Caselines DCS - Common Mistakes



Once you have loaded documents into DCS, check the list of common errors below to ensure that everything is loaded and named correctly.

A colour document has been scanned in as black and white

You need to select the appropriate option - colour rather than black and white - when scanning in the document before loading it to DCS. Since virtually all scanners can scan in colour there is generally no reason not to scan all documents in in colour. If you have already scanned in a document in black and white then this is, of course, fine if the original is black and white, or if the only colours on the original are of no significance (e.g. a letter where the letterhead happens to have a colour logo) but photographs must always be scanned in in colour and any map, plan or other document which uses colour coding must be scanned in in colour.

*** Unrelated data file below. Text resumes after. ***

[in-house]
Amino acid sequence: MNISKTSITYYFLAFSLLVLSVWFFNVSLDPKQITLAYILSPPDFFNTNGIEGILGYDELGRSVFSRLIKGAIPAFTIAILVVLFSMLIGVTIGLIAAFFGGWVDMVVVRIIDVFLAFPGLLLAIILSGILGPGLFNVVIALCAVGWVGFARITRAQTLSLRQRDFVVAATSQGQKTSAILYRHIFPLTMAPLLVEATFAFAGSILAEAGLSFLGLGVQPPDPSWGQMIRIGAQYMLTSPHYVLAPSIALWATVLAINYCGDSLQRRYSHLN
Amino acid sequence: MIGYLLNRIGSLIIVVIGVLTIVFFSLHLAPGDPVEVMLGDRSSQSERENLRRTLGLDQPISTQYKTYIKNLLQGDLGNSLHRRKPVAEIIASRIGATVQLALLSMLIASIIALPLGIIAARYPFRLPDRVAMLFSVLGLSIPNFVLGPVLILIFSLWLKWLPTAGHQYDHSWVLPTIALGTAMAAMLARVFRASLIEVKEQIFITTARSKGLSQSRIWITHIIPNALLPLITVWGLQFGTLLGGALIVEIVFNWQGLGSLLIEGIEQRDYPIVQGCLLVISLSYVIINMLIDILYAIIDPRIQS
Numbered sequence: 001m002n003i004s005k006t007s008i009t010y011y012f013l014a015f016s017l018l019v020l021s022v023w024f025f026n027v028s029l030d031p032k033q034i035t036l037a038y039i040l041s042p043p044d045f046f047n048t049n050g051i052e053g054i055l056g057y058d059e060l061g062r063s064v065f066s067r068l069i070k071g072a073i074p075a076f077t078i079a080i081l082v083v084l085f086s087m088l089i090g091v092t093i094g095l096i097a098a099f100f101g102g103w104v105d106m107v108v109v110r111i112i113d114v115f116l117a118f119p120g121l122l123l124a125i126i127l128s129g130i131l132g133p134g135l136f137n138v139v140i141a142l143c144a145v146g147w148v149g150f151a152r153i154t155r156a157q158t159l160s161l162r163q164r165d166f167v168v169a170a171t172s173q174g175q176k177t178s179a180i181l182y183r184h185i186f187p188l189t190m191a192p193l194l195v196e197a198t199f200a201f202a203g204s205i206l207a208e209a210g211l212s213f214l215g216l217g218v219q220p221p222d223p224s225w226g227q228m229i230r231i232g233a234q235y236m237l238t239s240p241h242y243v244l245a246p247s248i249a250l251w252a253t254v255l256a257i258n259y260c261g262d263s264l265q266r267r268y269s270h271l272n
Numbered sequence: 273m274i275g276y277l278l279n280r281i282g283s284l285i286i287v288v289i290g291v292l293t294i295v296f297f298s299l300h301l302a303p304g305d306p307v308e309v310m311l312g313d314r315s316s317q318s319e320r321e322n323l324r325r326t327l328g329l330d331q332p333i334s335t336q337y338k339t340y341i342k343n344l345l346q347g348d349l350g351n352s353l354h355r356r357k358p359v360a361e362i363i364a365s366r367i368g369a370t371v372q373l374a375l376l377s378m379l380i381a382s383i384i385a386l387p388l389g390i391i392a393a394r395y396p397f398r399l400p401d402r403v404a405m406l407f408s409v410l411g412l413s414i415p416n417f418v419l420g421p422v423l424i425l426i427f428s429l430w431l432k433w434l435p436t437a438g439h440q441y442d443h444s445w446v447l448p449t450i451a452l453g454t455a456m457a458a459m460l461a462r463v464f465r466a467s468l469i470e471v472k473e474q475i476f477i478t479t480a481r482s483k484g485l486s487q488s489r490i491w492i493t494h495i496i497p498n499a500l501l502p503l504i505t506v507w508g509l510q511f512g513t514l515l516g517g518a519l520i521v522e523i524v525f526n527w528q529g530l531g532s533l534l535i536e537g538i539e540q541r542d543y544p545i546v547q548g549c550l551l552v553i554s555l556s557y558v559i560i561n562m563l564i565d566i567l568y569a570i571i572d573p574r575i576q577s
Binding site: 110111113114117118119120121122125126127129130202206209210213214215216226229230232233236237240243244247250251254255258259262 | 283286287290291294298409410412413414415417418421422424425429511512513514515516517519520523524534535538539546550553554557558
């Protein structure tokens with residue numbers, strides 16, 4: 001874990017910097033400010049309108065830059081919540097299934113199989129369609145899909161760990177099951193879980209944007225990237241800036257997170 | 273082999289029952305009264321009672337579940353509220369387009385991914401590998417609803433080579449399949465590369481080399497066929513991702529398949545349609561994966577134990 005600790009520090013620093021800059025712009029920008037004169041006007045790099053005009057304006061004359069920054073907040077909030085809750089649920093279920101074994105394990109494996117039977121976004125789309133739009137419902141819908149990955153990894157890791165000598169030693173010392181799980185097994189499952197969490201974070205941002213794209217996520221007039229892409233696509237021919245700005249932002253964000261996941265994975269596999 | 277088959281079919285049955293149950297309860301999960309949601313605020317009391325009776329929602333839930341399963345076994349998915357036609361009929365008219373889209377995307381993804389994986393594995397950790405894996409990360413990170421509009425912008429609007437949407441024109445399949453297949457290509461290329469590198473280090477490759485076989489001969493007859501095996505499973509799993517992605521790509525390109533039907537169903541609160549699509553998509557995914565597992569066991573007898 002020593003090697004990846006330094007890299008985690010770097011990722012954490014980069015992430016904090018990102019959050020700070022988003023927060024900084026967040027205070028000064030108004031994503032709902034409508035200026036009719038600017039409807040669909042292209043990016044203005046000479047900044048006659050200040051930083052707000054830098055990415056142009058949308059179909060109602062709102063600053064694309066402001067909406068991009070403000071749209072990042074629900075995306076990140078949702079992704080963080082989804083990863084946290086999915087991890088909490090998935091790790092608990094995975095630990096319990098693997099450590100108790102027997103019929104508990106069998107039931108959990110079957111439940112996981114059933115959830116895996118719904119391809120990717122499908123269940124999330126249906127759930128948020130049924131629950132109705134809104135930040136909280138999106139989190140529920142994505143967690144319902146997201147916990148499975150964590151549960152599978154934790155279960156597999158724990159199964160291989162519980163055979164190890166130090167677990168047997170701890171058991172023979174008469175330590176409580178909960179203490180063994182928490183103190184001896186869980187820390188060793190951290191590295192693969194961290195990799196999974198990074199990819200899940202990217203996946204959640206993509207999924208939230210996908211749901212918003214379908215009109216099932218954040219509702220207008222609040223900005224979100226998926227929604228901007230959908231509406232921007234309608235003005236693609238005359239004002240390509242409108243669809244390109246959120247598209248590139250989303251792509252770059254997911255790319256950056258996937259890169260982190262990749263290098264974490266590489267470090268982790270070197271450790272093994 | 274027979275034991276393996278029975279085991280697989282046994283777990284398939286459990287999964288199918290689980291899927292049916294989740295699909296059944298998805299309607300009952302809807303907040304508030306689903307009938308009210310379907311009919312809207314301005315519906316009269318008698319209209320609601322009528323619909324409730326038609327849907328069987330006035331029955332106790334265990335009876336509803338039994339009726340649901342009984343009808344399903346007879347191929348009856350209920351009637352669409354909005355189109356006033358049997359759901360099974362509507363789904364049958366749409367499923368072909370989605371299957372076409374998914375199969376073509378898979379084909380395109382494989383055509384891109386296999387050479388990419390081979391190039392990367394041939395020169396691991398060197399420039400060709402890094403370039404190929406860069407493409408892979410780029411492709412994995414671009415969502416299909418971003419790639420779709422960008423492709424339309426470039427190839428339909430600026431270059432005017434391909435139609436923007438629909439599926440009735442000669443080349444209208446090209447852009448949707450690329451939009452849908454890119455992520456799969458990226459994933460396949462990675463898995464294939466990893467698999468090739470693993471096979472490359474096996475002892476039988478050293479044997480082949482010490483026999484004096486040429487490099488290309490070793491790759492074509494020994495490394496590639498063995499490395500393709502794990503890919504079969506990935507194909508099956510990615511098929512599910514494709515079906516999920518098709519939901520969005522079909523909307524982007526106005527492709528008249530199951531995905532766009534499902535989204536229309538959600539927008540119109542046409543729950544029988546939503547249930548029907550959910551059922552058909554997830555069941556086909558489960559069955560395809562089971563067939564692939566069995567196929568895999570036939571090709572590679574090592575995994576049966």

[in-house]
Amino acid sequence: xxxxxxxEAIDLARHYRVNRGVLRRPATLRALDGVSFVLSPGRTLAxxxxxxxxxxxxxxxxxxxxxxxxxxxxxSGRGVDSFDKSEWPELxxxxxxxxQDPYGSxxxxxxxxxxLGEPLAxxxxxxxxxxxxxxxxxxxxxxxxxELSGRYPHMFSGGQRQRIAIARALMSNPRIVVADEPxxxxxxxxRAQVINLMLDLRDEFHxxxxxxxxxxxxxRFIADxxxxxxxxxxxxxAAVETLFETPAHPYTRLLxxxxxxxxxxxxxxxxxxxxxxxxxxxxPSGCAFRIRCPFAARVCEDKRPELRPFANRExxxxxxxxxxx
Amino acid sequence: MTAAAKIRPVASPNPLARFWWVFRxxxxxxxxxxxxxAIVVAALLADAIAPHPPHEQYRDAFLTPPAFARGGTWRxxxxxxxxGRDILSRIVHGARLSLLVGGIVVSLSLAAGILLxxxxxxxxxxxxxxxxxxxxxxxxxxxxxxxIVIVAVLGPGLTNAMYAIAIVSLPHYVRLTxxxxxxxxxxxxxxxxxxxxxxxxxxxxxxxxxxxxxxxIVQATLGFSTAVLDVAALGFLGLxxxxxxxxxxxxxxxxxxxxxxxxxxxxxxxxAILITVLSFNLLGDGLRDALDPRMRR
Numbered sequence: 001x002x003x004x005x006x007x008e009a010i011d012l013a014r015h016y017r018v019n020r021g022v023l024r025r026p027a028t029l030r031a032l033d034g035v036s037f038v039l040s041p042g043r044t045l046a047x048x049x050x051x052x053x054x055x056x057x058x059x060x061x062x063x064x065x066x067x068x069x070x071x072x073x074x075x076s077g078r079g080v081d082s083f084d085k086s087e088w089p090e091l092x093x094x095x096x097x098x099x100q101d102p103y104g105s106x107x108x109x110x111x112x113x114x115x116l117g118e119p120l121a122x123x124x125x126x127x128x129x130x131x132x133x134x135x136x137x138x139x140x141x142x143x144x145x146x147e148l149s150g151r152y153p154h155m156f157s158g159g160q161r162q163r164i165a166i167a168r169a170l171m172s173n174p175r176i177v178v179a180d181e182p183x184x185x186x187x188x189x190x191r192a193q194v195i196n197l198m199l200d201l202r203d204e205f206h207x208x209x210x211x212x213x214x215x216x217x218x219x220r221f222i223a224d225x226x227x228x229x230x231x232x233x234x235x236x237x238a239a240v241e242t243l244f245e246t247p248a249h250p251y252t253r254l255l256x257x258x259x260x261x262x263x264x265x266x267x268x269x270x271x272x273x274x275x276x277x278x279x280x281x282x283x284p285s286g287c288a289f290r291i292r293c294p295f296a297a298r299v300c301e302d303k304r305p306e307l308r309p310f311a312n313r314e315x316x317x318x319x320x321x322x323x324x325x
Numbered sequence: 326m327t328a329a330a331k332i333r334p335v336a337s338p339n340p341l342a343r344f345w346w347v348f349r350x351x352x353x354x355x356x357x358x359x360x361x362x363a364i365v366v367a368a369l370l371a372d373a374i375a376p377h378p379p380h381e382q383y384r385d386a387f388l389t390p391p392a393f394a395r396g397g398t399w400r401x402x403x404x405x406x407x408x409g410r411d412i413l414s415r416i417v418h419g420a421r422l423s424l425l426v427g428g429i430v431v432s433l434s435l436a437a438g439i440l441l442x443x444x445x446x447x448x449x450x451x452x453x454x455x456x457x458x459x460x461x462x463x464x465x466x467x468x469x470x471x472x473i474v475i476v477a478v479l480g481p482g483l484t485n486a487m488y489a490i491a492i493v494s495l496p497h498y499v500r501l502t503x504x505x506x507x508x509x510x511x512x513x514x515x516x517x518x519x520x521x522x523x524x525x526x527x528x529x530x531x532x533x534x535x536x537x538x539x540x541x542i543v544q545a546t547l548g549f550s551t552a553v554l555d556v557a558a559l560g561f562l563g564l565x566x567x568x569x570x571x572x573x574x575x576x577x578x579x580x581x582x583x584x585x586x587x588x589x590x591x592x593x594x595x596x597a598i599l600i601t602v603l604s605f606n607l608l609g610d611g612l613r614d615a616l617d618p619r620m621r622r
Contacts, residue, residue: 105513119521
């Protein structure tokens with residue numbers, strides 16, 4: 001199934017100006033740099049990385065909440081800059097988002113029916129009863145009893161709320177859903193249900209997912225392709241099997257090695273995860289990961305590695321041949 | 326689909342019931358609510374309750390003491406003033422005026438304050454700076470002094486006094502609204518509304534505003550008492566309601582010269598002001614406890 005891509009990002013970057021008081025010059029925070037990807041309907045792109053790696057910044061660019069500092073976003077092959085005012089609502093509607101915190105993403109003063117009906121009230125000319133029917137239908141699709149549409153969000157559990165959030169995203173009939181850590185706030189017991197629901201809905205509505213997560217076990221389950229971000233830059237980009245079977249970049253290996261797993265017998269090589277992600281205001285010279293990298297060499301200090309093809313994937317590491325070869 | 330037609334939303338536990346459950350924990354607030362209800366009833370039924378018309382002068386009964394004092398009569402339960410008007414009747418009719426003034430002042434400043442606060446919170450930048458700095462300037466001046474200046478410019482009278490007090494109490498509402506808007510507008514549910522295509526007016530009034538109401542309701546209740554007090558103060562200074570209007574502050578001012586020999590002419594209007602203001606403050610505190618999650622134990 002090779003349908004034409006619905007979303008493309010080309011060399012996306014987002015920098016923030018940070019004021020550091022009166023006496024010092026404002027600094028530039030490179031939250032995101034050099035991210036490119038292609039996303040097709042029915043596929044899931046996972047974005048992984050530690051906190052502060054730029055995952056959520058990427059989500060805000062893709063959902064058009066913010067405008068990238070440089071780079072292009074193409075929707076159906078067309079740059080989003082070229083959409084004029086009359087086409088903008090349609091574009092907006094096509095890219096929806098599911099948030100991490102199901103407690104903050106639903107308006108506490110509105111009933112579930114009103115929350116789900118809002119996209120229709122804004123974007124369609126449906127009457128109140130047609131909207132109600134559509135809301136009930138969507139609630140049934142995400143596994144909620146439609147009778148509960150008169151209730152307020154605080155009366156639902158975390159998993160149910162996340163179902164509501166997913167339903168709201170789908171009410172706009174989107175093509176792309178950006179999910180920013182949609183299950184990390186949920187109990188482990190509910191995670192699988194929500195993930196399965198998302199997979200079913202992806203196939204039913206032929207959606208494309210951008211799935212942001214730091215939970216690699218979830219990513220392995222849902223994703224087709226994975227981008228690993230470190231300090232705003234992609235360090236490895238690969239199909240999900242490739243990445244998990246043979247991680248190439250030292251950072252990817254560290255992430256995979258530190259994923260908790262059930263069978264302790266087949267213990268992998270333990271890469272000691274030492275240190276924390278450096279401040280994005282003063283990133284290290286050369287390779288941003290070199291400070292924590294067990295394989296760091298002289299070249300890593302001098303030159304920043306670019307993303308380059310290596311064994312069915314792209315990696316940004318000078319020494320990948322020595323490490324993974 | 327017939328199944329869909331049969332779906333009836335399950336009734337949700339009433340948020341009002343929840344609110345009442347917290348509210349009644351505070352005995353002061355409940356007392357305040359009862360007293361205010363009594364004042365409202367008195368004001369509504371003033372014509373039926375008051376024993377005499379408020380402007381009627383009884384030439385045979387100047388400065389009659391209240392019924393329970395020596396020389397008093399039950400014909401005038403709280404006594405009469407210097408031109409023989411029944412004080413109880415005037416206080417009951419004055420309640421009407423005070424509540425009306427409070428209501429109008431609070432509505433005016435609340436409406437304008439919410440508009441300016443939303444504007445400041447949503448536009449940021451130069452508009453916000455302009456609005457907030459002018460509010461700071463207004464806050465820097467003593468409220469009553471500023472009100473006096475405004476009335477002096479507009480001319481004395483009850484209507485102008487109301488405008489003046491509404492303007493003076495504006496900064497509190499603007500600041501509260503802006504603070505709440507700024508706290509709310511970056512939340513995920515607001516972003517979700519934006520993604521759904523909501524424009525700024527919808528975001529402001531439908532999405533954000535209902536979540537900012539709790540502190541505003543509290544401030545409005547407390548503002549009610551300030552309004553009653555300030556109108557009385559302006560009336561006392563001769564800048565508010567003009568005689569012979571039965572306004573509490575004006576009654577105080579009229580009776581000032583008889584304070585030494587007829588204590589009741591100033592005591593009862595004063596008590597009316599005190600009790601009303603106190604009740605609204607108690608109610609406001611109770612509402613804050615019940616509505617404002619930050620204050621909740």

A document is partially illegible

Have a look at the original paper document and compare with the copy on DCS. If the original document is easier to read than the copy on DCS, try changing the options on your scanner (e.g. light/dark and contrast) to see if you can make a better copy to load to DCS. If, however, the original document is partially illegible and the copy on DCS is the best that can be done, then you should make this clear like this:-

Letter John Smith to Paul Jones (partially illegible)    


A document is completely illegible

Have a look at the original paper document and compare with the copy on DCS. If the original document is easier to read than the copy on DCS, try changing the options on your scanner (e.g. light/dark and contrast) to see if you can make a better copy to load to DCS. If, however, the original document is completely or almost completely illegible and the copy on DCS is the best that can be done, then you should make this clear like this:-